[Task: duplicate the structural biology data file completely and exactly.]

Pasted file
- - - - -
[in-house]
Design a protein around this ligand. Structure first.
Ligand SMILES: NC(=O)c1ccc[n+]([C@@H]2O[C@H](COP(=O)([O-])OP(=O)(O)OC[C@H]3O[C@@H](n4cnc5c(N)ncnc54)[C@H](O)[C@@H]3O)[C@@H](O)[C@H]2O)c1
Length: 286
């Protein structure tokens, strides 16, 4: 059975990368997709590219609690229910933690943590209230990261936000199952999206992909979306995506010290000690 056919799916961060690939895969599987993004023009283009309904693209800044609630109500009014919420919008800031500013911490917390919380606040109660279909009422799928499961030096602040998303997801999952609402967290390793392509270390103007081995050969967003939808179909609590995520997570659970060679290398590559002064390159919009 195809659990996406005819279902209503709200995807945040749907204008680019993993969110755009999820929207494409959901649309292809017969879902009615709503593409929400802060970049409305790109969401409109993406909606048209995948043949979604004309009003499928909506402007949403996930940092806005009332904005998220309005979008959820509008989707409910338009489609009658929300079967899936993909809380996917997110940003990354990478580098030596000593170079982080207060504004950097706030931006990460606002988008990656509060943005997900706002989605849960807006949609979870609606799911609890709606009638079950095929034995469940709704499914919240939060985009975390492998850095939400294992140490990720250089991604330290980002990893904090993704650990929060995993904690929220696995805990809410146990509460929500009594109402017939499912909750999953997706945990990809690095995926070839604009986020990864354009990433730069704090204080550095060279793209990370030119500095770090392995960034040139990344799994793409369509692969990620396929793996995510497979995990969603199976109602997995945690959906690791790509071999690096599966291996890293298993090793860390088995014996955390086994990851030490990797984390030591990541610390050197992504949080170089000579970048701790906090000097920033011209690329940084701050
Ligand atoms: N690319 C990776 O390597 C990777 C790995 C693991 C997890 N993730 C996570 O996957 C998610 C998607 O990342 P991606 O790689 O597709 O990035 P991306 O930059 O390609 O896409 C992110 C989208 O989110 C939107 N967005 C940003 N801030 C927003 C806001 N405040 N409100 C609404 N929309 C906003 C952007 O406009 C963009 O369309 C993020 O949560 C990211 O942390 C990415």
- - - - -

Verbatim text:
[in-house]
Design a protein around this ligand. Structure first.
Ligand SMILES: NC(=O)c1ccc[n+]([C@@H]2O[C@H](COP(=O)([O-])OP(=O)(O)OC[C@H]3O[C@@H](n4cnc5c(N)ncnc54)[C@H](O)[C@@H]3O)[C@@H](O)[C@H]2O)c1
Length: 286
């Protein structure tokens, strides 16, 4: 059975990368997709590219609690229910933690943590209230990261936000199952999206992909979306995506010290000690 056919799916961060690939895969599987993004023009283009309904693209800044609630109500009014919420919008800031500013911490917390919380606040109660279909009422799928499961030096602040998303997801999952609402967290390793392509270390103007081995050969967003939808179909609590995520997570659970060679290398590559002064390159919009 195809659990996406005819279902209503709200995807945040749907204008680019993993969110755009999820929207494409959901649309292809017969879902009615709503593409929400802060970049409305790109969401409109993406909606048209995948043949979604004309009003499928909506402007949403996930940092806005009332904005998220309005979008959820509008989707409910338009489609009658929300079967899936993909809380996917997110940003990354990478580098030596000593170079982080207060504004950097706030931006990460606002988008990656509060943005997900706002989605849960807006949609979870609606799911609890709606009638079950095929034995469940709704499914919240939060985009975390492998850095939400294992140490990720250089991604330290980002990893904090993704650990929060995993904690929220696995805990809410146990509460929500009594109402017939499912909750999953997706945990990809690095995926070839604009986020990864354009990433730069704090204080550095060279793209990370030119500095770090392995960034040139990344799994793409369509692969990620396929793996995510497979995990969603199976109602997995945690959906690791790509071999690096599966291996890293298993090793860390088995014996955390086994990851030490990797984390030591990541610390050197992504949080170089000579970048701790906090000097920033011209690329940084701050
Ligand atoms: N690319 C990776 O390597 C990777 C790995 C693991 C997890 N993730 C996570 O996957 C998610 C998607 O990342 P991606 O790689 O597709 O990035 P991306 O930059 O390609 O896409 C992110 C989208 O989110 C939107 N967005 C940003 N801030 C927003 C806001 N405040 N409100 C609404 N929309 C906003 C952007 O406009 C963009 O369309 C993020 O949560 C990211 O942390 C990415």